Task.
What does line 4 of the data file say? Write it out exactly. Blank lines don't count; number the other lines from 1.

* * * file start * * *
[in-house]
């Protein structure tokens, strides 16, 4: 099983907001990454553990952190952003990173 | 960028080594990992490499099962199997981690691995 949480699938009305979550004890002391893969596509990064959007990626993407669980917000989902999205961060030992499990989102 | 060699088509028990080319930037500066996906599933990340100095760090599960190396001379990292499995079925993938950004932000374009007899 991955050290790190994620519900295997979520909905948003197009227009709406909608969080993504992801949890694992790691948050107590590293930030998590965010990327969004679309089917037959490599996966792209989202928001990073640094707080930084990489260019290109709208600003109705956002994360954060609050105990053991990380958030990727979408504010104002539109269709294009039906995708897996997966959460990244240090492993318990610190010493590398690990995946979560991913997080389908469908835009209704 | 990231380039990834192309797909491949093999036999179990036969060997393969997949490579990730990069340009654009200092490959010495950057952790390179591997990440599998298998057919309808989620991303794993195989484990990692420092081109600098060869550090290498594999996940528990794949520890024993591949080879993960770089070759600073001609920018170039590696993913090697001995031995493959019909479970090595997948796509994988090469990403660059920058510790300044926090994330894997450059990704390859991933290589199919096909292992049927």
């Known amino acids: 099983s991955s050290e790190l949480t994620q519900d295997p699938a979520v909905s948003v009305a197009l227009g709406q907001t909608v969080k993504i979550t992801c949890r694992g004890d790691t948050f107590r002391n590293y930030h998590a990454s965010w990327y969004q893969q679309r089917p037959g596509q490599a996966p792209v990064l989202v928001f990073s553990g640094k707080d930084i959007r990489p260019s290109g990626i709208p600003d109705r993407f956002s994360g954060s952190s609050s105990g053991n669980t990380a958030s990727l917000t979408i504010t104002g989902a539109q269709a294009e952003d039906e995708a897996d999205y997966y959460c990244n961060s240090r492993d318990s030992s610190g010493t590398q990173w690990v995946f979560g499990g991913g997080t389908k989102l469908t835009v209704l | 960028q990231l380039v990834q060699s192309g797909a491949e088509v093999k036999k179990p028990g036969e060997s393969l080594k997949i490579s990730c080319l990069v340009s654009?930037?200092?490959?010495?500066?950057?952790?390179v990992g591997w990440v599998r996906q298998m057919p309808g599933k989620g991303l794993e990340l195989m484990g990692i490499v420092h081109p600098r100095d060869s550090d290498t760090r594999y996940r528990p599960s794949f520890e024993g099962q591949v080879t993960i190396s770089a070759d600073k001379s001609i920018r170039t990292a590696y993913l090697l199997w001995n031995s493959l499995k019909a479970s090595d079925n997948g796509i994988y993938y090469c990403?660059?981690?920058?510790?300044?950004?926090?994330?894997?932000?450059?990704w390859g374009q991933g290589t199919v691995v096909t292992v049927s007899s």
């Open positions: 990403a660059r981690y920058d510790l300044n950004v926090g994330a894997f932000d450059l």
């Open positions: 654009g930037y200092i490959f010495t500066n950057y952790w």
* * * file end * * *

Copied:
């Open positions: 990403a660059r981690y920058d510790l300044n950004v926090g994330a894997f932000d450059l």